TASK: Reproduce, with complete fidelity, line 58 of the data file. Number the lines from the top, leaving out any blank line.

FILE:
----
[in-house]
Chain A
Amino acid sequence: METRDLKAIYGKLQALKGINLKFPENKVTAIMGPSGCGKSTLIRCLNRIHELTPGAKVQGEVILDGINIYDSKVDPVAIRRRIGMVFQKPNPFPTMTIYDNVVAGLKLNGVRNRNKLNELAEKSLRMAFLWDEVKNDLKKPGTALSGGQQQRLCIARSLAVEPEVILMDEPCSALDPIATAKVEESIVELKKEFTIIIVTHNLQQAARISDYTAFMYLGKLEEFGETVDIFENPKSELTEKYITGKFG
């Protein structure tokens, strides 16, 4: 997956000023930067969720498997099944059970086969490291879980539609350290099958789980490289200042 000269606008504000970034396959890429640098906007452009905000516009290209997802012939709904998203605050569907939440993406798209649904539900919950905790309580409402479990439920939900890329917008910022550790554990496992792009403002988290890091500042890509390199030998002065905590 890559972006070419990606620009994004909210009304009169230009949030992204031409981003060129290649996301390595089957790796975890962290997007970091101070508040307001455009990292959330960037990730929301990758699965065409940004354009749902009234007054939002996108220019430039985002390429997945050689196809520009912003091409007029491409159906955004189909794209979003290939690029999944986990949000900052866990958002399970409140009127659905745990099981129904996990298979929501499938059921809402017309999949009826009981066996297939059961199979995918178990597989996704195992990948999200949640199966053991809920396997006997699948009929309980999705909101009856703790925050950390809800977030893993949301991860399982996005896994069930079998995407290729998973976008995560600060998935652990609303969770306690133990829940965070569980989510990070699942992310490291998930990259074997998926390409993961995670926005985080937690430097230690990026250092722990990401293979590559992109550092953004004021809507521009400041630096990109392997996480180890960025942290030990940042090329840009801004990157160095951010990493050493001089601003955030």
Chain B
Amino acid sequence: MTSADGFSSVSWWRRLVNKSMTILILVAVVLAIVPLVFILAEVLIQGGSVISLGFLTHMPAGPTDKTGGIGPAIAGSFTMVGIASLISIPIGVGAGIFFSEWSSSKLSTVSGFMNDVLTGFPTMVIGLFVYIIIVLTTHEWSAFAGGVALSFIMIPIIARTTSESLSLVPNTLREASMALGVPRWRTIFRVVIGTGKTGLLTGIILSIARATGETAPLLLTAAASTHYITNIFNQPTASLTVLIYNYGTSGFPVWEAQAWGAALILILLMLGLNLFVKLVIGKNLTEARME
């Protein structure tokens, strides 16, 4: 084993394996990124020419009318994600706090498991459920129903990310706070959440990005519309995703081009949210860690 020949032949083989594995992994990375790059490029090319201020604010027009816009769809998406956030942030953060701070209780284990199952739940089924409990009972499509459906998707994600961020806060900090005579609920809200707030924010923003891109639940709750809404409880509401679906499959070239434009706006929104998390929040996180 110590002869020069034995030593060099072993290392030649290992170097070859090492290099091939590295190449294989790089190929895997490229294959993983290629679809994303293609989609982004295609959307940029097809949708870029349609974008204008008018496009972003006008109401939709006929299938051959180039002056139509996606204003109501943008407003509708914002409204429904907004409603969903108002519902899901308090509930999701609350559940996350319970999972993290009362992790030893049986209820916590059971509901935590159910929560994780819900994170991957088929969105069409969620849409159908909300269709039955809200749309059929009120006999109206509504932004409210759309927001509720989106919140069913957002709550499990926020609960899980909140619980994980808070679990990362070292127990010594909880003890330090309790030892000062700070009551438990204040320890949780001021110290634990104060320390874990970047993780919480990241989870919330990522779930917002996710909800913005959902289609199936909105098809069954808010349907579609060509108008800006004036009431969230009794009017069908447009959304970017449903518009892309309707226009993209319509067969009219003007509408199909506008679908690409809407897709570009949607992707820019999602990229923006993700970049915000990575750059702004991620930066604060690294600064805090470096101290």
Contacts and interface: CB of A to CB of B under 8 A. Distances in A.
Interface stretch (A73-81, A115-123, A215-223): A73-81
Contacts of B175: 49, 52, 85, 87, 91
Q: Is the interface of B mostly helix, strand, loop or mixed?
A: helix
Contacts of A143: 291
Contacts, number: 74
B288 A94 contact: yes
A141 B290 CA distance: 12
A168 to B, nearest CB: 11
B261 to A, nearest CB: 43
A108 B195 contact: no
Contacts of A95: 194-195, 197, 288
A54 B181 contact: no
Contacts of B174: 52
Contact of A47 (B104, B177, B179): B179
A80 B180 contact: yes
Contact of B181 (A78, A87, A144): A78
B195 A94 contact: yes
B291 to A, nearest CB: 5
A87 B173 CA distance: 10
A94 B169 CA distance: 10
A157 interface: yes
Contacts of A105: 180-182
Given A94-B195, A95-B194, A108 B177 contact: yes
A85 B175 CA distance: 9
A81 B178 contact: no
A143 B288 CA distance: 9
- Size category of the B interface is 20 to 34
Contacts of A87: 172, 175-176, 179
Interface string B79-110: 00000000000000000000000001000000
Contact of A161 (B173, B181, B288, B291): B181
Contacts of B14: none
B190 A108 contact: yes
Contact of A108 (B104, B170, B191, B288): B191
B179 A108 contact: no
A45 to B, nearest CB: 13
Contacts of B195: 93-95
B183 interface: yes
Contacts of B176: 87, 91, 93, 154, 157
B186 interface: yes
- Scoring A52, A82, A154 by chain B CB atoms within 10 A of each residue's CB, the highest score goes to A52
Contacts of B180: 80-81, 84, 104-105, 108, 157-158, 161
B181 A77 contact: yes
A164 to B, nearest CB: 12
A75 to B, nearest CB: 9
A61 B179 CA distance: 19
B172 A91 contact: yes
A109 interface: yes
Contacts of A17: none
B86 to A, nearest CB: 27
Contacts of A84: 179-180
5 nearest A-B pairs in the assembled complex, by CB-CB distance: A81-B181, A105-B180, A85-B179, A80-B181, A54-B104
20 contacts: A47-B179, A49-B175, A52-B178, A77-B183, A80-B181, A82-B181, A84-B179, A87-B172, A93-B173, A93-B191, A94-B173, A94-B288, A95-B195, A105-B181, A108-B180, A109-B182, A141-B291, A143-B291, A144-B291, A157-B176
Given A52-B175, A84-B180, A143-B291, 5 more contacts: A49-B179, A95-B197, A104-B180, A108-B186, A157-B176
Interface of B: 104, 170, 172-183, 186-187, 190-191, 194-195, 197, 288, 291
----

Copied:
B86 to A, nearest CB: 27